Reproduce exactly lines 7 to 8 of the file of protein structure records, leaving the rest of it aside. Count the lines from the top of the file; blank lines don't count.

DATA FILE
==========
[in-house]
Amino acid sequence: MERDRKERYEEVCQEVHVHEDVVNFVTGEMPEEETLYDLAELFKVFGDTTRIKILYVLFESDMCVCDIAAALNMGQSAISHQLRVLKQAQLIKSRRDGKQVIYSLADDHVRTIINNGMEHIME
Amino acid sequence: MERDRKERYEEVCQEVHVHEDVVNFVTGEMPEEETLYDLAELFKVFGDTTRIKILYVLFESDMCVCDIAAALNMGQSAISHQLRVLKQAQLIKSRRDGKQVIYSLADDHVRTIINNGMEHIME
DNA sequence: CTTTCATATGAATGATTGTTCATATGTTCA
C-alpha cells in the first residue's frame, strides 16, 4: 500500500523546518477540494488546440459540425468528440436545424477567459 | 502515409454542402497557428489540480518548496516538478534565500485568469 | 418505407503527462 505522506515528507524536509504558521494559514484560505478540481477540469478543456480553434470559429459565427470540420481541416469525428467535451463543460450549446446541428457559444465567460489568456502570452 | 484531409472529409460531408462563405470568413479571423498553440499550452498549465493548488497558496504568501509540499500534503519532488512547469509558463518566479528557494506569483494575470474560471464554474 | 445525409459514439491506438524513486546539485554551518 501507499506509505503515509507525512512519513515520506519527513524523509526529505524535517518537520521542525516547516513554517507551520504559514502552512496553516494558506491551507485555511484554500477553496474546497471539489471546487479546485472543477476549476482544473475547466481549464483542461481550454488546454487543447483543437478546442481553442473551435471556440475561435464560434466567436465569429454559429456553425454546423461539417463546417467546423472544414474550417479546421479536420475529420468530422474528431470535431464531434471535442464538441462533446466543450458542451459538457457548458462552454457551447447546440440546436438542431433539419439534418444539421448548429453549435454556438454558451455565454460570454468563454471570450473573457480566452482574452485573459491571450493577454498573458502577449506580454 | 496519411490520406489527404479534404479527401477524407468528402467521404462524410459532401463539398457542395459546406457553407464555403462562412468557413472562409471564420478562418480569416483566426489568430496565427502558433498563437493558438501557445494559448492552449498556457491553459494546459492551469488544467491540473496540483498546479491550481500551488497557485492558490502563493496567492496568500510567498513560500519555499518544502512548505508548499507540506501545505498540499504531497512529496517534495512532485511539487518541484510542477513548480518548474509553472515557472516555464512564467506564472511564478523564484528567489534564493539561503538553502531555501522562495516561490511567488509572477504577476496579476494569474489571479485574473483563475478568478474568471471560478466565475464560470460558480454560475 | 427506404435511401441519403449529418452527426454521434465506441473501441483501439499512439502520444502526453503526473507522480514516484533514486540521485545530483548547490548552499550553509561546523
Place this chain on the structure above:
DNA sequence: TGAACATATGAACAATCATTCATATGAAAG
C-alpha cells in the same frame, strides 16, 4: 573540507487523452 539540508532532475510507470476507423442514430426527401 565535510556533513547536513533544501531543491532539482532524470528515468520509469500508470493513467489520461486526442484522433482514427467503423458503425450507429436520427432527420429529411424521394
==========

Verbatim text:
DNA sequence: TGAACATATGAACAATCATTCATATGAAAG
C-alpha cells in the same frame, strides 16, 4: 573540507487523452 539540508532532475510507470476507423442514430426527401 565535510556533513547536513533544501531543491532539482532524470528515468520509469500508470493513467489520461486526442484522433482514427467503423458503425450507429436520427432527420429529411424521394